8Nicolas Malebranche. thatAstell would eschew her native empiricismin favor of the near-mysticalmetaphysicsof a FrenchCatholicpriesthas. political. Lennonand Paul J. "[C]atch[ing]this epidemical contagion of human reason from antiquity. In 1648 GerardWinstanley.as well as the justifiTo cations for social. 9 Winstanley.TheSearch After Truth. and in denywas seen ing all power and activity to natureand createdbeings. I.9As William Warburton later taught in his Divine Legation (1738). 182. 366. London.In positing a necMalebranche essaryunion between God andman in ouractions andknowledge.
Letter I.as is evident from her complaint that she "wish[ed] [she] could read that ingenious Author in his own language.who appears most assimilable-admittedly with not a little distortion-to a widely "liberal" set of political commitments. However illogical it might appearto us. op. numerous almostsingle-handedly his publications Malebranche's ideas in England.urging the cause of religion againstAstell's initial diffidence.In the lettersthatfollow Norrisstrived to educateAstell in the rigors of the Malebranchean system. Norris. to this view.the history of Astell criticismis not withoutits ironies. Astell's initial exposureto Malebranche was throughNorris'swritings. Astell's unequivocalsupportof customaryauthoritiesin churchand state did not preventher contemporaries from identifyingand conwhat they saw to be the dangerousramificationsof her theocentric demning philosophy. By the 1690s Norris had long been an avidfollowerof Malebranche. Astell thanksNorris "for
McCracken. 15Taylor.Mary Astell and the Radical Enlightenment
Presentistbiases have also conpartandparcelof her persistenttraditionalism.Norris. The Astell we know best andnot coincidentallyavailable tributed in currenteditions is the least theological and thereby the most accessible Astell-the proto-feministauthorof A Serious Proposal to the Ladies (1694) and Reflections upon Marriage. for it will be my argumentthat in her own lifetime.
13 To Mr.Malebranche.. in her writings on religion and philosophy. cit. 507-8. Letters. or that he spake [hers]. andby the startof letter V. his efforts appearto have been successful. 3. that God is the efficient cause of all sensationand the only legitimate object of our love. and by July of 1694 Norris persuadedAstell to print their communications. Letters Concerningthe Love of God (London. Astell. and Malebranche In 1693 JohnNorrisreceived a letterfromMaryAstell aboutoccasionalism and its relationshipto the love of God. in John Norris.Astell wrote to Norris that she Their read"everythingyou Writewith greatPleasureandno less Advantage. moreover."'4 At the start of their correspondenceAstell appearedto accept the Malebranchean principles as expoundedby Norris in his Practical Discourses upon Several Divine Subjects (1691). 1695). It is this latterAstell. The correspondencewas published in 1695 underthe title Letters Concerningthe Love of God. at least. 12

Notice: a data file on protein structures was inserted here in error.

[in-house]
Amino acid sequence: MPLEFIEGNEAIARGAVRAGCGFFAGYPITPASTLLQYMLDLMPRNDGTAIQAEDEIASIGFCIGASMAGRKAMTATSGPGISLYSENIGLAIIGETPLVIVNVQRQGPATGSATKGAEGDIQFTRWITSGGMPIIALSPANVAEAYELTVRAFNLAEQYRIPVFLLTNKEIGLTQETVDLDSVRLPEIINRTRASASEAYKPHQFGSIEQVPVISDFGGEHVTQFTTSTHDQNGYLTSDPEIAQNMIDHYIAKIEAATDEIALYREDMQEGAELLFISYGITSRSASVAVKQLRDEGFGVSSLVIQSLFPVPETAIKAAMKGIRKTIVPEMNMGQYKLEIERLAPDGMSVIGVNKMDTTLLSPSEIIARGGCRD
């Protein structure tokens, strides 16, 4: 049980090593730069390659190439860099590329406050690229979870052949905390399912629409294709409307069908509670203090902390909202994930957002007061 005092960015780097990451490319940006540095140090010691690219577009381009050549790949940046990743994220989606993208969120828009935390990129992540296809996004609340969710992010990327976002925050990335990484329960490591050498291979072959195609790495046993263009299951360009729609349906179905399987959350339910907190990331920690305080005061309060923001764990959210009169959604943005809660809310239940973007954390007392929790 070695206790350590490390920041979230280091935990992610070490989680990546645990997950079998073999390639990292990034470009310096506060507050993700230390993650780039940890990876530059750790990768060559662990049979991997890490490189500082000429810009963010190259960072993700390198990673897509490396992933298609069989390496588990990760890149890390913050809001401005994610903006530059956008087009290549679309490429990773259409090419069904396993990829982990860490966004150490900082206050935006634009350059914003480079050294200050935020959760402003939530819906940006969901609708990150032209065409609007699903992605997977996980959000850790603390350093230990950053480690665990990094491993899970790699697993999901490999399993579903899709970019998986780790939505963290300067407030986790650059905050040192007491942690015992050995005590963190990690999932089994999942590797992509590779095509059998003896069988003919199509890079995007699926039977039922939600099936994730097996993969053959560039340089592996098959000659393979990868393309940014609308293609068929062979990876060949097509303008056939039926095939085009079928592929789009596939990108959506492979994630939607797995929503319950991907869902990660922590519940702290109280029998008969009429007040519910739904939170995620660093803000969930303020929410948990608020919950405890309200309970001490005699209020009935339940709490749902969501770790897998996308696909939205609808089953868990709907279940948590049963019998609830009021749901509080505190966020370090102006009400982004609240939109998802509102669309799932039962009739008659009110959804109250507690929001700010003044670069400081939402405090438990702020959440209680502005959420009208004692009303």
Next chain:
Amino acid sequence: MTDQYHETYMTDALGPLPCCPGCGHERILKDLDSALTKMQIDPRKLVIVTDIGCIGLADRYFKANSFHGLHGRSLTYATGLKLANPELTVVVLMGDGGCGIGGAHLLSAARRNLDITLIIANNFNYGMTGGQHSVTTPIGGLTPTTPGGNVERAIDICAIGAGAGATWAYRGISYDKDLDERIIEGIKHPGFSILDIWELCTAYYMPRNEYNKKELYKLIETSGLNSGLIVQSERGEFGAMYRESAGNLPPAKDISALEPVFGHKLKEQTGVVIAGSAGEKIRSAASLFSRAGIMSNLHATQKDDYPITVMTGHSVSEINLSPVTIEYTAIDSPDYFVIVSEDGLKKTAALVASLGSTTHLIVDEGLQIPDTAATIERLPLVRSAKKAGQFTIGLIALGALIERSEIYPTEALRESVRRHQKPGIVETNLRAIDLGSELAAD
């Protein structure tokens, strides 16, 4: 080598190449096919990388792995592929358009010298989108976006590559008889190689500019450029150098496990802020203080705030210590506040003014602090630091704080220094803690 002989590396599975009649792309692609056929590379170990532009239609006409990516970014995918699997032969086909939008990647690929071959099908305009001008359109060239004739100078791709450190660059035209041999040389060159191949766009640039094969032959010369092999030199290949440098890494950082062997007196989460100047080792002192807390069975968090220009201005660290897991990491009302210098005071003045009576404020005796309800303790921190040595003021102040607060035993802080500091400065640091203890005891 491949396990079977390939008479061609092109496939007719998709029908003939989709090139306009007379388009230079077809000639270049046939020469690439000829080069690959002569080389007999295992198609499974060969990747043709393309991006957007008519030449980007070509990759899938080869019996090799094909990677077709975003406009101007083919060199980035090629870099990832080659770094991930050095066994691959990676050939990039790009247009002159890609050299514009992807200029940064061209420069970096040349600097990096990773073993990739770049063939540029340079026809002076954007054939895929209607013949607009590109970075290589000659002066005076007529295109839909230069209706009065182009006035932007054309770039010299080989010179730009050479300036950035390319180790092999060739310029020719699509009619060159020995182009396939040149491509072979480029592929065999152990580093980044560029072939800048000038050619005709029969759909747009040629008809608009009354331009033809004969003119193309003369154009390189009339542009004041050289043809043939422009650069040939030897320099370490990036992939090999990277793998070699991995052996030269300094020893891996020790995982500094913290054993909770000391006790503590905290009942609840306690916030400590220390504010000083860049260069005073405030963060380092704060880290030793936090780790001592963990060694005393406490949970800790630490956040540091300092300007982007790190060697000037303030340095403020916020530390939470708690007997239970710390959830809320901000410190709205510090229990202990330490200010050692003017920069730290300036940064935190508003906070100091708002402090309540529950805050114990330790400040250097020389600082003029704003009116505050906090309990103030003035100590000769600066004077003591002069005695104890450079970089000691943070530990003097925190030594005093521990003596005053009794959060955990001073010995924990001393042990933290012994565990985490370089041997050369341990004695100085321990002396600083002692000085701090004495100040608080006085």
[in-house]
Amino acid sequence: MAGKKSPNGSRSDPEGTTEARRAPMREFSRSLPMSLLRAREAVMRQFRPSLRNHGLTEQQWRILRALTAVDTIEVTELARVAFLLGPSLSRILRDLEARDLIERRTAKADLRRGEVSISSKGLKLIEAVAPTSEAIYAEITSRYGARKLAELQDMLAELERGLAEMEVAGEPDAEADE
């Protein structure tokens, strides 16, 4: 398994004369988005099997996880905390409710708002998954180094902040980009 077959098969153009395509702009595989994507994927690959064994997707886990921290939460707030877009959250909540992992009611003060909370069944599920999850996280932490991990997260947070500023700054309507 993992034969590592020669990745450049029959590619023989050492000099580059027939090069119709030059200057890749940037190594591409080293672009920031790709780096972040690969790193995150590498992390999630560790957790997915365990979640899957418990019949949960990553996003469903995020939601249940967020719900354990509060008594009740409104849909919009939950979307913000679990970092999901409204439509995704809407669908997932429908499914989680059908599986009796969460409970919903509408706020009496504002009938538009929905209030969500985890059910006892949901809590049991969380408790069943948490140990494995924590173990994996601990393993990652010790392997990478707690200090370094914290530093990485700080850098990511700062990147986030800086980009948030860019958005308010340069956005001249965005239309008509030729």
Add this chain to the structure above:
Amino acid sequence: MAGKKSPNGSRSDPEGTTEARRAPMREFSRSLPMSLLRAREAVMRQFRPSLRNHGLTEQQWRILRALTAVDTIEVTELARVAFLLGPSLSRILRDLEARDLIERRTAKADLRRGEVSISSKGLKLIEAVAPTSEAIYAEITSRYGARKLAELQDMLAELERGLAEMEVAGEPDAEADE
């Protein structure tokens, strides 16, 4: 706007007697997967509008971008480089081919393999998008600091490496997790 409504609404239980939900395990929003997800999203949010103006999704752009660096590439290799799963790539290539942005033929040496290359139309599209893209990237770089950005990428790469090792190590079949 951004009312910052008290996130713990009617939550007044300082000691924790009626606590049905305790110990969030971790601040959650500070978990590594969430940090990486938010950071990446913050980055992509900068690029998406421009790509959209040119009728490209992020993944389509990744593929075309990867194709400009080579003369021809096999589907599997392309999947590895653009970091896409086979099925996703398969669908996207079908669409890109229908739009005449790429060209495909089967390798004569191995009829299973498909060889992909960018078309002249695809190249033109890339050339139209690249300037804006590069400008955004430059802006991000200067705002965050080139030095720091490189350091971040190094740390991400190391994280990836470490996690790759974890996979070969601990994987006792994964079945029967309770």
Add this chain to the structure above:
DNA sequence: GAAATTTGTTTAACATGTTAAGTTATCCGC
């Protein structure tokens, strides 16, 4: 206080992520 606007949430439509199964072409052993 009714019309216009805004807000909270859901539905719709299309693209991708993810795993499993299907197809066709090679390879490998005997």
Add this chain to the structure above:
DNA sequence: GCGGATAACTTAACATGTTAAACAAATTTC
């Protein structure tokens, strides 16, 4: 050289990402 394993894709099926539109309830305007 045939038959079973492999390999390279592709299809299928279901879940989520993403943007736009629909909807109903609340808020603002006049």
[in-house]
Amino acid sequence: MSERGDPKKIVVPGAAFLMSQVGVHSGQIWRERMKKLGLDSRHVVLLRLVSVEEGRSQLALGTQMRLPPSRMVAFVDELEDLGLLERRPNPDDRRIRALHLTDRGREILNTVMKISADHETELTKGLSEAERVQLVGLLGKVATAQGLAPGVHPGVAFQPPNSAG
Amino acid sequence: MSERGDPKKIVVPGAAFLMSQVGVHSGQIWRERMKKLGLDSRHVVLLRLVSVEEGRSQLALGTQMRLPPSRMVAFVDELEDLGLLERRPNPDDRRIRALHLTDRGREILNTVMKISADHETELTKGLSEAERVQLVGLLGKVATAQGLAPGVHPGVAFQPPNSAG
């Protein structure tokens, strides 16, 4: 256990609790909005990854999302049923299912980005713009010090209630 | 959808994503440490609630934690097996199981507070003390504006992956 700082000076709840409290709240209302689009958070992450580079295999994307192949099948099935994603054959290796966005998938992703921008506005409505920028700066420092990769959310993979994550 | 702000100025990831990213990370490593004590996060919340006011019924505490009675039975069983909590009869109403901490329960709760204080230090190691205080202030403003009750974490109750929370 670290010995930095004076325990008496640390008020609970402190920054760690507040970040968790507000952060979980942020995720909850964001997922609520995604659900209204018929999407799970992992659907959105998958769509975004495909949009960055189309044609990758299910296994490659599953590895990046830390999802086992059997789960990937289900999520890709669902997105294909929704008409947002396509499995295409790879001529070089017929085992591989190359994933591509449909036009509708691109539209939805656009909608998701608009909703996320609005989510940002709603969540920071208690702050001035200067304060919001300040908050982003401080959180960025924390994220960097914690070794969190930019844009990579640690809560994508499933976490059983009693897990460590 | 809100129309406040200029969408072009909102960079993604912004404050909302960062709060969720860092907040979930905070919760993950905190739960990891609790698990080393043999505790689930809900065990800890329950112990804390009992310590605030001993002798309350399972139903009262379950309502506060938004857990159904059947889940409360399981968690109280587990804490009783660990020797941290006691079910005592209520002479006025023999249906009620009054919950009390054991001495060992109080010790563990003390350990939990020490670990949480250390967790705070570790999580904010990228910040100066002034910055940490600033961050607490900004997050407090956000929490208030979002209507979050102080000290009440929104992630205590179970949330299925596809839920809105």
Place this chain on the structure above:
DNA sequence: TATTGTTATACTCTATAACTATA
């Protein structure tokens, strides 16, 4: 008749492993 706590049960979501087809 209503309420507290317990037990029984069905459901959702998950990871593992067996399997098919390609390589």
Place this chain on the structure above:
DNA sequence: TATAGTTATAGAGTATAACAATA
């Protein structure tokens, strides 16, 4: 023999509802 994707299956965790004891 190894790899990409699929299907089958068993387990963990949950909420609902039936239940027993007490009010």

. LetterVII.""3 exchange continued throughthe following year. 14 To Mr. Astell was seen as most subversivewhere she has been least discussed. 149.If I am correctin this assessment.12Seemingly unaware of disseminating Malebranche'siconoclastic status in France. 156-79. Norris.15Yet she was unpersuaded Norris's reasoning on by the relationship betweenthe two theories.
and consequentlywhatsoeveris good in them must in a more eminent Mannersubsist in him? If all things exist in God and God is the authorof all good.. thatcommunicative Goodness which gave Being to all things. This apostasy has been of interest to Astell critics concernedto situateher accuratelyin the context of seventeenth-century philosophical and theological debate. is he not the very Fountainand sole Authorof it? Is he not Goodness it self. LetterV.384